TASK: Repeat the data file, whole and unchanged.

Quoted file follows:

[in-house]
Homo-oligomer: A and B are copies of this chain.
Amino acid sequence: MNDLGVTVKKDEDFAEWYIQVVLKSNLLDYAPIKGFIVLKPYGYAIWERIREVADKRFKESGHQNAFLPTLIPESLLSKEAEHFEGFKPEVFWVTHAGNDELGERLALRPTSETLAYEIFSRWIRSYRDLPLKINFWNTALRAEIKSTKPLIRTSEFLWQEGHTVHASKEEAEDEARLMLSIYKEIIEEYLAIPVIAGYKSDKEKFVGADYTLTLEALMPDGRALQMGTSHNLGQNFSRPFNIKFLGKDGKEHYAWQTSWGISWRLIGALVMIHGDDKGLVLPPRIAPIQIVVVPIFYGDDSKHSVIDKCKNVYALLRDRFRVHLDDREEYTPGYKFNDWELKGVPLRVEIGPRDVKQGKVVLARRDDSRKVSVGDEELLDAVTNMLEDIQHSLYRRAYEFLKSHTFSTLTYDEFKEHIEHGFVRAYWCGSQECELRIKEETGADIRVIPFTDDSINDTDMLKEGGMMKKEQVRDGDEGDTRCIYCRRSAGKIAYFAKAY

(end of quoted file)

[in-house]
Homo-oligomer: A and B are copies of this chain.
Amino acid sequence: MNDLGVTVKKDEDFAEWYIQVVLKSNLLDYAPIKGFIVLKPYGYAIWERIREVADKRFKESGHQNAFLPTLIPESLLSKEAEHFEGFKPEVFWVTHAGNDELGERLALRPTSETLAYEIFSRWIRSYRDLPLKINFWNTALRAEIKSTKPLIRTSEFLWQEGHTVHASKEEAEDEARLMLSIYKEIIEEYLAIPVIAGYKSDKEKFVGADYTLTLEALMPDGRALQMGTSHNLGQNFSRPFNIKFLGKDGKEHYAWQTSWGISWRLIGALVMIHGDDKGLVLPPRIAPIQIVVVPIFYGDDSKHSVIDKCKNVYALLRDRFRVHLDDREEYTPGYKFNDWELKGVPLRVEIGPRDVKQGKVVLARRDDSRKVSVGDEELLDAVTNMLEDIQHSLYRRAYEFLKSHTFSTLTYDEFKEHIEHGFVRAYWCGSQECELRIKEETGADIRVIPFTDDSINDTDMLKEGGMMKKEQVRDGDEGDTRCIYCRRSAGKIAYFAKAY